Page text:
Sri Lanka
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Resolution on Sri Lanka introduced in Human Rights Council in Geneva

Human Rights Council in Geneva

The draft resolution, titled, ‘Promoting reconciliation, accountability and human rights in Sri Lanka’ which has been proposed by a group of states comprising Canada, Germany, Malawi, Montenegro, North Macedonia, the United States and the United Kingdom, has been tabled at the UN Human Rights Council (UNHRC) in Geneva today (October 06).

The Permanent Representative to the UK in Geneva, Ambassador Simon Manley introduced the resolution on Sri Lanka.

“The text is largely based on last year’s resolution but has been updated to reflect some of the key developments over the last 18 months in what has been a rather dramatic time for Sri Lanka – an economic crisis, mass protests, and a change in government, all of which have had a significant bearing on the human rights situation in the country,” Ambassador Manley said

“The UK is a close partner to and long-standing friend of Sri Lanka, our times run deep. We bring this resolution in order to help Sri Lanka address ongoing challenges and in order to encourage progress on reconciliation, justice, and human rights,” he said

Full statement by Simon Manley on the new resolution:

I have the honour to introduce draft resolution L1 Rev 1 entitled ‘Promoting reconciliation, accountability and human rights in Sri Lanka’ which has been proposed by a group of states comprising Canada, Germany, Malawi, Montenegro, North Macedonia, the United States and the United Kingdom.

The text is largely based on last year’s resolution but has been updated to reflect some of the key developments over the last 18 months in what has been a rather dramatic time for Sri Lanka – an economic crisis, mass protests, and a change in government, all of which have had a significant bearing on the human rights situation in the country.

The draft both recognises the challenges which Sri Lanka has faced during this period and acknowledges progress where this has occurred.

It reflects some of the more recent concerns outlined in the High Commissioner’s report, especially the human rights impact of the economic crisis.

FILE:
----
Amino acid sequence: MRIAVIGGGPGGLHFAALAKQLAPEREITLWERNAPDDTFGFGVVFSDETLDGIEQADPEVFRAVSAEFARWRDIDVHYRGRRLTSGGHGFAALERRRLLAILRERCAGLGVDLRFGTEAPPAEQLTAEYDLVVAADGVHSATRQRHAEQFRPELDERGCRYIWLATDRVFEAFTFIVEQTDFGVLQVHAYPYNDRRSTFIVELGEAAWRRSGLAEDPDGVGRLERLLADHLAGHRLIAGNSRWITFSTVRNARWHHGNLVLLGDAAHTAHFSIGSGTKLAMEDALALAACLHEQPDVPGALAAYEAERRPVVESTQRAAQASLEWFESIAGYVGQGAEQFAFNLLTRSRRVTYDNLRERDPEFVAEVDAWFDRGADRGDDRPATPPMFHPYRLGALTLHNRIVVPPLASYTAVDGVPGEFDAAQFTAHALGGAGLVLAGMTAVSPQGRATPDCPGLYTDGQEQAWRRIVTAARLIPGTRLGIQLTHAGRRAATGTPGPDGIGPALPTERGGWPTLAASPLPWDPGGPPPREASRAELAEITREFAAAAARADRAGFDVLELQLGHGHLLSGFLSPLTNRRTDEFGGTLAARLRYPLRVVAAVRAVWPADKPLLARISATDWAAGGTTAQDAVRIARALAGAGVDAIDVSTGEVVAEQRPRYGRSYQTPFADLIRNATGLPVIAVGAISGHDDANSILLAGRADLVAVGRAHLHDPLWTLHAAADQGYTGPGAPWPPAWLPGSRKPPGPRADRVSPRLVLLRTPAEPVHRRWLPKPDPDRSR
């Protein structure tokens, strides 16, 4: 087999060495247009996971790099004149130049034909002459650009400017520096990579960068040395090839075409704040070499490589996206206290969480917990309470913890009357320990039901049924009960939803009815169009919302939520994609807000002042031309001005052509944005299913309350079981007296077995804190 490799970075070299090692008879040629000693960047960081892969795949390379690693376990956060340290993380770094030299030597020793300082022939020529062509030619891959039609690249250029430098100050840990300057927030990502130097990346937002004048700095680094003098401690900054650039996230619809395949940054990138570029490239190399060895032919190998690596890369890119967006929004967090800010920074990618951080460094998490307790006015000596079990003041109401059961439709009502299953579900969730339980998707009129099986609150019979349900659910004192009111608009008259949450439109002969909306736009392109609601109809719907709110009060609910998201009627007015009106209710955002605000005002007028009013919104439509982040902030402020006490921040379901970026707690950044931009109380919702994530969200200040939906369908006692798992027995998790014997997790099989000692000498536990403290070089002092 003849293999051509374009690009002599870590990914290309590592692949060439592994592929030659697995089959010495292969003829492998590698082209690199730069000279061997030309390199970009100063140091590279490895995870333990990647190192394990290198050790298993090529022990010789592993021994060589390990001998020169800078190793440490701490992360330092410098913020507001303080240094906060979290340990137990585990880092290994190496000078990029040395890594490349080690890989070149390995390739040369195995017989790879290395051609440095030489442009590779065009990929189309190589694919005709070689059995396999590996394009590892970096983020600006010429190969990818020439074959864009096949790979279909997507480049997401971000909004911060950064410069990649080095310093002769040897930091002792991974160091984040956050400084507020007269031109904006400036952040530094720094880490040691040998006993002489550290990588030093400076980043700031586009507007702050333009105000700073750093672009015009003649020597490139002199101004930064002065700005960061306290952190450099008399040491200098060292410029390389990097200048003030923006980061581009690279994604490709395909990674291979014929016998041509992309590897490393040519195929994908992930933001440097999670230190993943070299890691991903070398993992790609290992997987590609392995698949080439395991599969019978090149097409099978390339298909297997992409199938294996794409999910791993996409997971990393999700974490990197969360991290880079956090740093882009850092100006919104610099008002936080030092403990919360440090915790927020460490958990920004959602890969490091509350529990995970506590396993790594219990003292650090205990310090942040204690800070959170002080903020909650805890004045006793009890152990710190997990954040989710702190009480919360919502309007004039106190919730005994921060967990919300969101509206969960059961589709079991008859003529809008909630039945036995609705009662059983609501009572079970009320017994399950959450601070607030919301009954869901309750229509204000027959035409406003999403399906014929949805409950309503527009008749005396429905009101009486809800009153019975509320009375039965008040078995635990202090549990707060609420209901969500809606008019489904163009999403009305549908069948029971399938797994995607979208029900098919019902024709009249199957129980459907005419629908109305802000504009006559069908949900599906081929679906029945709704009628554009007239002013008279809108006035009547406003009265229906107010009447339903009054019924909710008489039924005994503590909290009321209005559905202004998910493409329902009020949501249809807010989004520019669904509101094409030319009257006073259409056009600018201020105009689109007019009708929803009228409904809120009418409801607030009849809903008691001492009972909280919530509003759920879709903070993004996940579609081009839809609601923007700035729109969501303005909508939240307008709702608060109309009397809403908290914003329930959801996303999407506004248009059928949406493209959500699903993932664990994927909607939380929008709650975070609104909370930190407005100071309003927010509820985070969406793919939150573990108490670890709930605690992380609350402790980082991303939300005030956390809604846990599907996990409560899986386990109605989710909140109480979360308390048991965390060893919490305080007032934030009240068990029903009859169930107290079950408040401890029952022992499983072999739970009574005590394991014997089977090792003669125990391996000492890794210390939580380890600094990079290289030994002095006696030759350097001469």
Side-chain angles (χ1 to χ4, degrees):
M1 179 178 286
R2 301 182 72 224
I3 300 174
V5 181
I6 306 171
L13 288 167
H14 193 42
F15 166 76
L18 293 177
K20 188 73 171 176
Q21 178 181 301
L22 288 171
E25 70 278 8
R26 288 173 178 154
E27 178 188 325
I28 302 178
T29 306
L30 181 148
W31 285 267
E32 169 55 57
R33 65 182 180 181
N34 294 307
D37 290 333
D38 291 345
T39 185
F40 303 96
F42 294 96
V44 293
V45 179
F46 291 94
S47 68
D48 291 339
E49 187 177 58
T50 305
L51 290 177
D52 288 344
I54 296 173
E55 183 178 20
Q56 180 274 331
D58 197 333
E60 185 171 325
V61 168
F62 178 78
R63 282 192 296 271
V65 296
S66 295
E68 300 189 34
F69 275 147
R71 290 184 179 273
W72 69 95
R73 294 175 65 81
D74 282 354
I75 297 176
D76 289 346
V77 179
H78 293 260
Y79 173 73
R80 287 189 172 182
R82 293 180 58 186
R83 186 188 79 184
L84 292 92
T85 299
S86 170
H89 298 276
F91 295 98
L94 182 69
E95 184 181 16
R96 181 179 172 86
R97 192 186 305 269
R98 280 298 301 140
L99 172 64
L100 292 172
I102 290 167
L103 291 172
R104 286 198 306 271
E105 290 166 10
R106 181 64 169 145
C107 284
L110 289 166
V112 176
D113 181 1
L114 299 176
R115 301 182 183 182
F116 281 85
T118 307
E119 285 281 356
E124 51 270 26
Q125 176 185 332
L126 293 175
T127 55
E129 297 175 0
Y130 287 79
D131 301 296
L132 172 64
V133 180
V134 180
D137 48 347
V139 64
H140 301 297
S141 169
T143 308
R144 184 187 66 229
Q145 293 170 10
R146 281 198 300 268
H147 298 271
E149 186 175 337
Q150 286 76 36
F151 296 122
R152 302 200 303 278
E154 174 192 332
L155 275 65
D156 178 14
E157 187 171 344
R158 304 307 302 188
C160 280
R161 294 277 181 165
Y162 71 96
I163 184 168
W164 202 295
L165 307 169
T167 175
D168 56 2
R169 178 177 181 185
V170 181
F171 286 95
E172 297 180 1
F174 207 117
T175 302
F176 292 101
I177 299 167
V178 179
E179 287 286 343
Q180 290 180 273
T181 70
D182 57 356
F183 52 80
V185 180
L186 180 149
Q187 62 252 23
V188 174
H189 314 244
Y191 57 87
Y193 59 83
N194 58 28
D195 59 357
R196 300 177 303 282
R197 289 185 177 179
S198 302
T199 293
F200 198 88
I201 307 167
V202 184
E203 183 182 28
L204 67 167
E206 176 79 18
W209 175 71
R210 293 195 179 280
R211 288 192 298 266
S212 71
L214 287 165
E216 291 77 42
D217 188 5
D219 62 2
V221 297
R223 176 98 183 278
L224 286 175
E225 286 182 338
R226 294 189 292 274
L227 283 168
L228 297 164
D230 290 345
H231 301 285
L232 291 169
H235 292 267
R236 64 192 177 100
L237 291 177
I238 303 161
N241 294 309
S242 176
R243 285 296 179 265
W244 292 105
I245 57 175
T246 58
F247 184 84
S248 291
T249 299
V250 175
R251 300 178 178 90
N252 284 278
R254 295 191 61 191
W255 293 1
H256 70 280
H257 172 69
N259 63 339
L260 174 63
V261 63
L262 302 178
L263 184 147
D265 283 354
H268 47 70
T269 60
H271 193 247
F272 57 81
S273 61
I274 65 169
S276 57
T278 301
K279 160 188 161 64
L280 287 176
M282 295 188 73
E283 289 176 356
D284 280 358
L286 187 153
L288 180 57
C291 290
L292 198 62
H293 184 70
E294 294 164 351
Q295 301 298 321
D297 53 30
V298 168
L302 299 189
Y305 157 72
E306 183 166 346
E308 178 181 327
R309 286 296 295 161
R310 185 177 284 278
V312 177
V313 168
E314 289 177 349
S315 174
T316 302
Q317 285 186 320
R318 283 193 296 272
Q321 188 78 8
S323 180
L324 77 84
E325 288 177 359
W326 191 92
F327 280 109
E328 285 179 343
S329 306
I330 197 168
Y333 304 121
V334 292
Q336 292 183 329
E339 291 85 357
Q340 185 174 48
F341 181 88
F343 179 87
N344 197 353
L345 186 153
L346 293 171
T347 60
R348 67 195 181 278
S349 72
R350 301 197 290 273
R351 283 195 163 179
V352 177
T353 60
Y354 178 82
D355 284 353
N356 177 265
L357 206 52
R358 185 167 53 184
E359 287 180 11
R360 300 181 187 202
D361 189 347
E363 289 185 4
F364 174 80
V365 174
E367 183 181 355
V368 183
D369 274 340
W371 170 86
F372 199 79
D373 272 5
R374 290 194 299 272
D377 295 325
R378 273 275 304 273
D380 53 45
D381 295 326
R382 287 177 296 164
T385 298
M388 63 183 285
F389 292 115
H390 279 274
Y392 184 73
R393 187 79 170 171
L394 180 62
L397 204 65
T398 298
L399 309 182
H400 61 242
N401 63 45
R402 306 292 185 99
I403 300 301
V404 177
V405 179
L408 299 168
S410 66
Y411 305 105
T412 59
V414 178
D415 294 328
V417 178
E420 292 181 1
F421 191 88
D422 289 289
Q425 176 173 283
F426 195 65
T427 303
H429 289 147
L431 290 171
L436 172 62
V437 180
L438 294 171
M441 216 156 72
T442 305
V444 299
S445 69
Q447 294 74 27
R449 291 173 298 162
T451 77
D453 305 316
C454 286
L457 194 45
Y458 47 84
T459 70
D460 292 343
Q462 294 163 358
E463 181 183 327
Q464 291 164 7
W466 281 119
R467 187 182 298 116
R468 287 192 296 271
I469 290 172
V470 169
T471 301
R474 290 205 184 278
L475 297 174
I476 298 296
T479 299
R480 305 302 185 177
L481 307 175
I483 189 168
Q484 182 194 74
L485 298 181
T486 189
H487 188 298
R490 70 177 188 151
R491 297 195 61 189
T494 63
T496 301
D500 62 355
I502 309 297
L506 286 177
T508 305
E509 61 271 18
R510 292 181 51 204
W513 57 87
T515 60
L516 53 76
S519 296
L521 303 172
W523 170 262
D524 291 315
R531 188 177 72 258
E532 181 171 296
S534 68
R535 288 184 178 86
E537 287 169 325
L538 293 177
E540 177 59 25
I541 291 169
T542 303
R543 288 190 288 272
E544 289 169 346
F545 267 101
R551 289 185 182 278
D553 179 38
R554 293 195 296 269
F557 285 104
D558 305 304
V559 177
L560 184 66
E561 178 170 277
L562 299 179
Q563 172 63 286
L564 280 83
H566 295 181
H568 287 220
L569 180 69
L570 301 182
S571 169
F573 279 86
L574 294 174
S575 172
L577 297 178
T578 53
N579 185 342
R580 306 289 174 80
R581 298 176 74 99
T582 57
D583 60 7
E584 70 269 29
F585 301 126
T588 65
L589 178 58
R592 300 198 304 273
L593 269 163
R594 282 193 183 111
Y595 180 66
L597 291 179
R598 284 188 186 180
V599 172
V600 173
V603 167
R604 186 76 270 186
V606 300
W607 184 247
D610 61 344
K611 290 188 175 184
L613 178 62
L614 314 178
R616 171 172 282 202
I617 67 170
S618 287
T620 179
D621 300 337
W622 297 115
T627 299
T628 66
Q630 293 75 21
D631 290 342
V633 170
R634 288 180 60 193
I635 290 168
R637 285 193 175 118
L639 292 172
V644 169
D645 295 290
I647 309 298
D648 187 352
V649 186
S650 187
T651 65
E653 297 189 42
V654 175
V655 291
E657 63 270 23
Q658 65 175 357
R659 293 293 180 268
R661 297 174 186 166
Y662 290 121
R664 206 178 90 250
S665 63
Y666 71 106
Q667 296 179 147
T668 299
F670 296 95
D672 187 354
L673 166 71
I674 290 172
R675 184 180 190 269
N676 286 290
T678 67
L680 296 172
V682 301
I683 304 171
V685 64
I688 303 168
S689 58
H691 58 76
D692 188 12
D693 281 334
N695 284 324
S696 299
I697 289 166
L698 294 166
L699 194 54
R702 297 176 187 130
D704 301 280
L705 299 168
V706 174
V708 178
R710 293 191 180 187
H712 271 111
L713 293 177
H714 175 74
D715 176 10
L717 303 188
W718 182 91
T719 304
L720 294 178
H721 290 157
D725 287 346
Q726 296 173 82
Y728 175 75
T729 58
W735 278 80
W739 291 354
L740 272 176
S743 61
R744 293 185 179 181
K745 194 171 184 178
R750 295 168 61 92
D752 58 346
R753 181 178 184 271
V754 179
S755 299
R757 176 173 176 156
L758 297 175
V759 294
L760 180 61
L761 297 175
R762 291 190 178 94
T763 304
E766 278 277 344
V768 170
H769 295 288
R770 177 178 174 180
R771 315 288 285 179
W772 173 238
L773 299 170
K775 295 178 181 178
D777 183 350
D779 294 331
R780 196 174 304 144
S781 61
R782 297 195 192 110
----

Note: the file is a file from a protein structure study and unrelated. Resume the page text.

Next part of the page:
And it also addresses several longstanding issues which still need to be addressed.  These include the lack of accountability for past violations, the many unresolved cases of enforced disappearances, the need for Sri Lanka to meet its own commitments on the devolution of political authority, as well as the need to uphold the rights of all people in Sri Lanka including Tamils and Muslims.

The main requests in the resolution are in Operative Paragraphs (OP) 8 and 18.

OP8 seeks to continue the work initiated in last year’s resolution which created capacity within the Office of the High Commissioner to collect, consolidate, analyse and preserve information to support judicial and other proceedings.

This capacity was set up in response to the lack of progress made by Sri Lanka’s domestic legal mechanisms towards accountability for past alleged gross violations of human rights. Unfortunately, this capacity has only been fully operational since May of this year and so requires more time to complete its mandate. We are therefore seeking to extend it for a further period as recommended by the former High Commissioner.

OP18 requests further reporting by OHCHR and proposes to move from an 18-month time frame to 2 years. This is in recognition of the severe challenges which Sri Lanka is currently facing – allowing Sri Lanka sufficient time and space to make progress on human rights in what we all recognize is a very difficult context.

Mr President – the UK is a close partner to and long-standing friend of Sri Lanka, our times run deep. We bring this resolution in order to help Sri Lanka address ongoing challenges and in order to encourage progress on reconciliation, justice, and human rights.

I commend this draft resolution to my fellow members of this Council.